And why keeping them in mind will make your journey easier.
I woke up a few days ago feeling like my life is meaningless.
It felt as if I’m just pushing on, living one day after another, but in the grand scheme of things, I’m just lost — floating along without an anchor to hold me in place.
For some context, I was working on two big projects last month— both of which just ended. And now, I feel like there’s nothing to look forward to.
This is one of the hardest part of being self employed.
When you have a job, you know what to do each day. All you have to do is to simply follow whatever orders your boss gives.
But when you’re your own boss, you have to plan new projects, make actionable to-do lists, and strategize your month right. Without a plan (or a long-term project), you can feel untethered and lost. That’s what’s happening to me.
When you play the consistency game, it’s easy to ignore your mental health.
You get lost in constantly selling something new or trying to add another income stream, that you forget to look back to appreciate how far you’ve come.
This post is a reminder to any creator who’s been feeling lost or hopeless lately. Let this be your reminder that you’re doing awesome, no matter what your current stats look like.
1. Numbers Don’t Define Your Self-Worth
200 views on a YouTube video might not be much.
But 200 is just a number.
It doesn’t reflect one person liking your video so much, that they watch it five times and share it with all their friends.
If you ever feel disheartened as a creator, remember this.
The video I made about the best books I read in 2021 has 203 views after two months. The stats are pretty dismal, but it might have inspired someone to pick up a new book or finally finish the one they’d been reading for months.
That kind of impact can’t be measured in numbers.
If you ever feel disheartened by fewer views on your articles or posts, remember,
- Your words might have made someone smile.
- Maybe they called up a dear friend or treated themselves to a new experience after reading your article.
- Your content might be the ONLY reminder someone needed to turn their life around.
Numbers can’t reflect the kind of impact a creator has.
Numbers on your computer screen can’t depict actual humans consuming your content and changing their lives because you inspired them.
Never forget that. Never let low views, follower count, or bad comments determine your self-worth.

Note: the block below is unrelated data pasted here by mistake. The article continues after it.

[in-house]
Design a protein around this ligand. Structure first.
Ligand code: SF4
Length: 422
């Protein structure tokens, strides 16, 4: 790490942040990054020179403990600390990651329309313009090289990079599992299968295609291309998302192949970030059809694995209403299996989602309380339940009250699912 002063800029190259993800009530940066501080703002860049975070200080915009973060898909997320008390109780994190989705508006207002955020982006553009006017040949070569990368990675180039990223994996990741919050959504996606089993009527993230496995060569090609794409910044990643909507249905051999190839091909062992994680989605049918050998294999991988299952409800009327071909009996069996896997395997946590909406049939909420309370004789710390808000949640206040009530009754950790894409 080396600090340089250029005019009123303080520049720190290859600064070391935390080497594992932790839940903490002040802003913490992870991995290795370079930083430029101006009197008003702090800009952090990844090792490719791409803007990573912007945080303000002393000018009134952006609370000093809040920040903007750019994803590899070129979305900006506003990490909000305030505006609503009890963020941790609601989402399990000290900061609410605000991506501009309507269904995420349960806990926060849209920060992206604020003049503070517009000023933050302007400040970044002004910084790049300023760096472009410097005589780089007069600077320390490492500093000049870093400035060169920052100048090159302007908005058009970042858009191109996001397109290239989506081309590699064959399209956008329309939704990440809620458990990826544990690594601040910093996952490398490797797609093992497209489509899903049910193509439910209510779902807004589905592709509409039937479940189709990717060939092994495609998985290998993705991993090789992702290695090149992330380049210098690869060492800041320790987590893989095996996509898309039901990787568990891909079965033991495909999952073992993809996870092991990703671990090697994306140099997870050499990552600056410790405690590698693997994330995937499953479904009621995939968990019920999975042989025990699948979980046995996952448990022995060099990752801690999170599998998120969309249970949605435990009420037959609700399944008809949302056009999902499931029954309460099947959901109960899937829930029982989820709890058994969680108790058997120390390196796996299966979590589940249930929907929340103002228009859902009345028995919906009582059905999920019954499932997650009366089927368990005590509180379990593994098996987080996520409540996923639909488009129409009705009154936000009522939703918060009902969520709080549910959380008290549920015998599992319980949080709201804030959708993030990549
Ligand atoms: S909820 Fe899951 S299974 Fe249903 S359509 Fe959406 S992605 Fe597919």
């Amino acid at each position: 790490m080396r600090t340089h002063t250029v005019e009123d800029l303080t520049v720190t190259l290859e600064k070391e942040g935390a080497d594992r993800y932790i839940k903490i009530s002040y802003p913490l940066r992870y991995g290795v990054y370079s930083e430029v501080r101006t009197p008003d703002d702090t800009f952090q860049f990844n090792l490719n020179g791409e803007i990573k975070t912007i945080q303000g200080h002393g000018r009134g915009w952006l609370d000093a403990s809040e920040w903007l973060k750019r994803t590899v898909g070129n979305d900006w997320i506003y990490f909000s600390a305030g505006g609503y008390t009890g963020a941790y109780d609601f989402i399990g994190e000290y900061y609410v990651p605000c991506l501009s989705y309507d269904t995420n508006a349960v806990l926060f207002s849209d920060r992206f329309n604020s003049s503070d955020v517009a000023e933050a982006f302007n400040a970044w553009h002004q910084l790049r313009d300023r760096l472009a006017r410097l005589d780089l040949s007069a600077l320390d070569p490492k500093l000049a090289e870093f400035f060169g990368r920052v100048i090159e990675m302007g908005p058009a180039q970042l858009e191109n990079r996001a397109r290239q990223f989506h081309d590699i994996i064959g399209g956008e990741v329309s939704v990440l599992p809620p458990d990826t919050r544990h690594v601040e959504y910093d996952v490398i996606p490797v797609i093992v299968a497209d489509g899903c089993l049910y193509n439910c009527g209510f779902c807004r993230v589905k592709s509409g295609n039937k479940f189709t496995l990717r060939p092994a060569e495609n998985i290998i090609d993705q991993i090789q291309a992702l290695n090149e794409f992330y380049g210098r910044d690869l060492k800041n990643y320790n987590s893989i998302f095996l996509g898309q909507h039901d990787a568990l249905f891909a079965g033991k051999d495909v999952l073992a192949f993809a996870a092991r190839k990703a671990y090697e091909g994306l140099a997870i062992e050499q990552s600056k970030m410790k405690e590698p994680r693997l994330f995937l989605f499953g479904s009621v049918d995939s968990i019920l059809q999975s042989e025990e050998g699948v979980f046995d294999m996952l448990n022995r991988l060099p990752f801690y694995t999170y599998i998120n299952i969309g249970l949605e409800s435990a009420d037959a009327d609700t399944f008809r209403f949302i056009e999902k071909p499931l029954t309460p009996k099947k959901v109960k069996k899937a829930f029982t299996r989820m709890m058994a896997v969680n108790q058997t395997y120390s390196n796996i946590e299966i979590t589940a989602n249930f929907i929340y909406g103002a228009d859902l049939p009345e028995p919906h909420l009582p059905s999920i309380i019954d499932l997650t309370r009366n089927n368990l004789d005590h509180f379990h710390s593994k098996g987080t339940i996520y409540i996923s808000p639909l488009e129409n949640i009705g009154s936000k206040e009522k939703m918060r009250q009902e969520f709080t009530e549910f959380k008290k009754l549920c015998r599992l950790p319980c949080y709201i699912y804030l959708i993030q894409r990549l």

2. You Don’t Always Have to be Striving
When you join a gym, one of the first things an instructor would tell you is how important rest is. When you work out, you strain your muscles. Next, you need to let them rest so you can improve endurance and gain strength.
The same is true for being present online.
When you write a new article or produce another video, you need to allow it some time before it can reach its intended audience.
If you immediately start obsessing over stats, you’ll feel disheartened. Morever, the insane stress of needing to produce a new piece of content every single day would bear down on your mental health and make it hard for you to keep pushing on.
One of the major skills every creator needs in their arsenal is patience.
When you launch a product, publish an article, or release a video, you need to give it some time before you start expecting results.
In the meantime, allow yourself some time off, and take a much-needed break.
I know your monkey brain might tell you that you’re a useless piece of trash if you create nothing for a whole day, but rest is just as important for creativity as constant ideation and execution are.
So, take that nap. Go for a walk. Treat your body to some exercise.
You don’t have to always be striving and that’s okay. Sometimes, it’s important to trust in your hand work and believe it has laid the foundations that will reap fruits even when you aren’t constantly building something new.
Trust the process. The results will come when the time is right.
3. It’s Possible Your Biggest Enemy is Yourself
Sometimes your goals as a creator can be laughable.
A few days ago, I aimed to write two 1500-word articles in one hour.
Two hours later, I’d only managed to complete the first draft of one.
With an incomplete to-do list, my first instinct was to beat myself up and stress over how so much work was left to be done. But I also understood how impossible my plans were.
This incident taught me a valuable lesson:
Sometimes your goals are unattainable because you have unrealistic expectations of yourself.
As an ambitious creator, it’s quite possible that you’re beating yourself up for no reason, while someone who reads your work strives to be like you someday.
If you ever feel burdened by the weight of your goals, take off a few and see how light that feels.
Writing two 1500-word articles in one hour is impossible for me. Likewise, understand your limits and know when to draw the line. Sometimes, having realistic and achievable goals is the kindest thing you can do for yourself as a creator.
Life can be an overwhelming series of ups and downs as a creator.
Without a boss or a set of rules to guide you along the way, it can get exceedingly easy to beat yourself up for not being productive enough or living to your full potential.
Here are three important lessons that are so easy to forget for every creator and self-employed person:
- Your self-worth isn’t defined by your stats.
- You’re allowed to take breaks even if you haven’t ticked off all items on your to-do list.
- Setting daily goals is okay, but it’s important to learn the difference between “ambitious” and “unreasonable.”
What other lessons would you add to this list? Let me know your thoughts in the comments.